Spotlight on Market Access

FDA Adds CLL/SLL to Brukinsa’s Label

The FDA recently gave an additional approval to BeiGene, Ltd.’s Brukinsa (zanubrutinib), which is already approved for three other rare types of non-Hodgkin lymphoma. Respondents to a Zitter Insights survey said that while its availability will result in a lower level of unmet need in the treatment of chronic lymphocytic leukemia (CLL), there is still moderate or high unmet need for the condition.

On Jan. 19, the FDA expanded the label of Brukinsa to include the treatment of adults with CLL or small lymphocytic lymphoma (SLL). CLL and SLL are the same disease, a type of non-Hodgkin lymphoma, except CLL cancer cells are mostly in the blood and bone marrow, while in SLL, the cells are mainly in the lymph nodes.


Medicare Drug Price Negotiation Projections Can Help PBMs, Payers Plan Ahead

In 2028, the federal government will likely negotiate the prices of 38 drugs covered under Medicare Part D and two under Medicare Part B, according to an analysis published this month in the Journal of Managed Care & Specialty Pharmacy. Inmaculada Hernandez, Pharm.D., Ph.D., one of the study’s authors, tells AIS Health the evaluation “is going to be very helpful for health plans and PBMs to know which drugs are going to be negotiated” as they evaluate the impact of the Inflation Reduction Act (IRA).

The IRA, which passed last year, includes a provision that requires the government to negotiate for the first time with pharmaceutical manufacturers the prices of some high-cost medications that are not subject to generic or biosimilar competition. It will begin with 10 Part D drugs in 2026, an additional 15 Part D drugs for 2027, another 15 Part D and Part B drugs in 2028 and an additional 20 Part D and Part B medications each year starting in 2029. Part D covers retail prescription drugs, while Part B covers provider-administered medications.


Study Estimates Which Drugs Will Be in Medicare’s Price-Negotiation Crosshairs From 2026-2028

Medicare will likely focus on 38 Part D and two Part B drugs in the first three years of Medicare drug price negotiation — a provision of the Inflation Reduction Act — and these drugs combined accounted for $67.4 billion in gross Medicare spending in 2020, according to a study published in the Journal of Managed Care & Specialty Pharmacy. The authors identified 40 drugs expected to be negotiated by CMS for 2026-2028 based on “drug age, drug or biologic status, orphan drug status, Part B and Part D gross spending in 2020, and estimates of when a drug will be subject to generic or biosimilar competition.”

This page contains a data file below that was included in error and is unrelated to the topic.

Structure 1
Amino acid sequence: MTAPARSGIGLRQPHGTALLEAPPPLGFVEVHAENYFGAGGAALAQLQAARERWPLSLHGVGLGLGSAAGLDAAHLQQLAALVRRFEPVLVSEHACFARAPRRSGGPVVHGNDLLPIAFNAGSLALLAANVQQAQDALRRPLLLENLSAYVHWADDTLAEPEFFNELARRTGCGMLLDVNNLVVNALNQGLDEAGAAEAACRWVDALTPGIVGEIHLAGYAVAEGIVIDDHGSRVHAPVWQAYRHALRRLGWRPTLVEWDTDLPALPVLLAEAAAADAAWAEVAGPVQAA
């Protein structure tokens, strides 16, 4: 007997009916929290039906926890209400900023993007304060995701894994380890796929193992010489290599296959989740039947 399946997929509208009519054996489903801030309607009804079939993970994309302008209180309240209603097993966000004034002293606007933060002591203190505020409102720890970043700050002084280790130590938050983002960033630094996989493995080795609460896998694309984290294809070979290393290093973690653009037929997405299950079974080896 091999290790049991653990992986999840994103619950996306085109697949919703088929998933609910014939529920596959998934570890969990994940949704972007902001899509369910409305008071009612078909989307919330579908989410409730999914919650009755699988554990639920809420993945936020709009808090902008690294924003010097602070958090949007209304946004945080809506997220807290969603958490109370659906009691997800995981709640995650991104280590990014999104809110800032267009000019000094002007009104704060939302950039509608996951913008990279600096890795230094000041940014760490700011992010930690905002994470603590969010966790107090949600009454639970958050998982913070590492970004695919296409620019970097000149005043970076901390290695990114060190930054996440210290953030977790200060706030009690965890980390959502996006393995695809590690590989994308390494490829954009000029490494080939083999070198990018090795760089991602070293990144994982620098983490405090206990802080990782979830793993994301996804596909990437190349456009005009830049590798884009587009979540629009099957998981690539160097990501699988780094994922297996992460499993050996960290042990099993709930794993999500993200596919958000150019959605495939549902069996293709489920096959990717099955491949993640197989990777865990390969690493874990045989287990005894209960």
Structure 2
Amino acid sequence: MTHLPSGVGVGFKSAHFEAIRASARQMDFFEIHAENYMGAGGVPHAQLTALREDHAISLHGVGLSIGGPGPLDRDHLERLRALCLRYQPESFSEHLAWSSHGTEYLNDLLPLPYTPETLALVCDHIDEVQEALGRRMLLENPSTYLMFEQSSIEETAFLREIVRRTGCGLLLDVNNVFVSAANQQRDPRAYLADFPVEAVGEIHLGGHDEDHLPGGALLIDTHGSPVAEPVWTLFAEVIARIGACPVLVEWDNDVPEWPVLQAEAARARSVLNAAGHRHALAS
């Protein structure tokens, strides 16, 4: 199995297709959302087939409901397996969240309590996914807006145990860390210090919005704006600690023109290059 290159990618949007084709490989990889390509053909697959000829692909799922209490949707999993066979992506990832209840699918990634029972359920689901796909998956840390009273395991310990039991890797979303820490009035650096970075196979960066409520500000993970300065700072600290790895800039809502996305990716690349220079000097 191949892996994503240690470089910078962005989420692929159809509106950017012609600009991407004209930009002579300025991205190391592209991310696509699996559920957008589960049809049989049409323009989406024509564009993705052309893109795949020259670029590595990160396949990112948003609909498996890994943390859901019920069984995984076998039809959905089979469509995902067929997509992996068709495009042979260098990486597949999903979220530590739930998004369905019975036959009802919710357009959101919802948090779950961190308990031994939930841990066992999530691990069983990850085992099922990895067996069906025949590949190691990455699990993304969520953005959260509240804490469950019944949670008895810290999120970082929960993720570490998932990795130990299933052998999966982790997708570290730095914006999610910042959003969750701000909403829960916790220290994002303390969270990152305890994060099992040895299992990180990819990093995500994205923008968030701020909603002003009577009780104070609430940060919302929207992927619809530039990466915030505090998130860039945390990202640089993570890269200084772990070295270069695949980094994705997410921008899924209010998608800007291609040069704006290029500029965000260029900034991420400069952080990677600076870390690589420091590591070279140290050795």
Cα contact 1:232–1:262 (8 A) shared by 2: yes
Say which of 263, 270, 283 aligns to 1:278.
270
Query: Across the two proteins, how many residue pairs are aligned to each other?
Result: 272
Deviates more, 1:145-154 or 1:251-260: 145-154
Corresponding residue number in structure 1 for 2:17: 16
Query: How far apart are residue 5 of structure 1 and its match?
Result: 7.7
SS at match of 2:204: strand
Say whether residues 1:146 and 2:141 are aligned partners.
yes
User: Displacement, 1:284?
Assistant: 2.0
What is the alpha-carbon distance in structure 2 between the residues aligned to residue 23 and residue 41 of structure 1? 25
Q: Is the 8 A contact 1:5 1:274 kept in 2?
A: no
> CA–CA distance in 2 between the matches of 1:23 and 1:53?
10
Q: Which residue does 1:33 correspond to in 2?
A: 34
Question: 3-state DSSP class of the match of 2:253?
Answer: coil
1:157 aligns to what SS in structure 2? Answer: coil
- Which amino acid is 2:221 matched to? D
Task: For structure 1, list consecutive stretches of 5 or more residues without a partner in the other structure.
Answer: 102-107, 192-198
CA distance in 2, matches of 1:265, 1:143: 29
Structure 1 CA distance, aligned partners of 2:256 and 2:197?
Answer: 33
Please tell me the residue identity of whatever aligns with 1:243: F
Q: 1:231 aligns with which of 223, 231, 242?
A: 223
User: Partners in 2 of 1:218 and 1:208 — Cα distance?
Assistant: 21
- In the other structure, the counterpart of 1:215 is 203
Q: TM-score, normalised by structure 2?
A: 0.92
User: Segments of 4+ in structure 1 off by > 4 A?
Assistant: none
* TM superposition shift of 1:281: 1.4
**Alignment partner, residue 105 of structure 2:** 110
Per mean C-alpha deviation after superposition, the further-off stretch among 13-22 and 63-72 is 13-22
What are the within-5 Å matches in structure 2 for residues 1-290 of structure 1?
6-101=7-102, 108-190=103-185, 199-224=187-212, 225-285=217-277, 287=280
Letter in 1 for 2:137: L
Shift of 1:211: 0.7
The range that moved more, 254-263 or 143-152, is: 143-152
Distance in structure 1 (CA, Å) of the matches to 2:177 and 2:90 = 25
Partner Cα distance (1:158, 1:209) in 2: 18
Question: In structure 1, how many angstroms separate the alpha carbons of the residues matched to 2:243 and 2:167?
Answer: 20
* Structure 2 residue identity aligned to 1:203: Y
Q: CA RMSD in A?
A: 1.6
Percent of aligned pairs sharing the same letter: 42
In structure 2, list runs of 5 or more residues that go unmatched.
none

The 10 drugs likely to be selected for negotiation in 2026, which include several anticoagulants and cancer therapies, accounted for $33.7 billion of Medicare Part D gross spending as of 2020. The majority of insured people under Medicare formularies have plans that put these drugs under the preferred/preferred (prior authorization and/or step therapy) tier and covered/covered (PA/ST) tiers, according to data from MMIT Analytics. (MMIT is AIS Health’s parent company.) Biden administration officials said that the first 10 drugs selected for negotiation will officially be announced on Sept. 1, 2023.


Report Shows Pandemic’s Impact on Global Medicine Spending; IRA, Other Trends Are Impacting U.S. Market

As the world enters the fourth year of the COVID-19 pandemic, a recent report from the IQVIA Institute for Human Data Science found — not surprisingly — that a significant shift has occurred in the outlook for global medicine spending. The report, titled The Global Use of Medicines 2023: Outlook to 2027, revealed that global spending on pharmaceuticals, including COVID vaccines and therapeutics, from 2020 to 2027 is anticipated to surpass the Institute’s pre-pandemic estimations by $497 billion.

“Here we are at the beginning of 2023, with perhaps more uncertainties still ahead of us than we might have hoped for a year ago,” observed Murray Aitken, executive director of the IQVIA Institute for Human Data Science, during a recent webinar presented by his company. “Despite the progress on the pandemic front, it’s still out there; it’s still shaping our lives to a greater or lesser extent, depending on where in the world we are. It’s also still shaping our health care systems.


MMIT Payer Portrait: Independence Health Group

Independence Health Group is the parent company of Independence Blue Cross, the second-largest Blues insurer in Pennsylvania (behind Highmark Health), and AmeriHealth Caritas, a managed Medicaid payer serving more than 2.3 million beneficiaries in seven states and the District of Columbia. It also operates the AmeriHealth Insurance Company of New Jersey, a commercial payer serving about 209,000 members. Founded in 1938 as the Associated Hospital Service of Philadelphia, Independence now counts more than 4.5 million members across the spectrum of health insurance products. Still based in Philadelphia, it leads its home state’s individual, self-funded (administrative services only, or ASO) and managed Medicaid insurance markets. Optum’s FutureScripts serves as the primary pharmacy benefits manager for Independence Blue Cross. AmeriHealth Caritas, meanwhile, operates its own in-house PBM, PerformRx.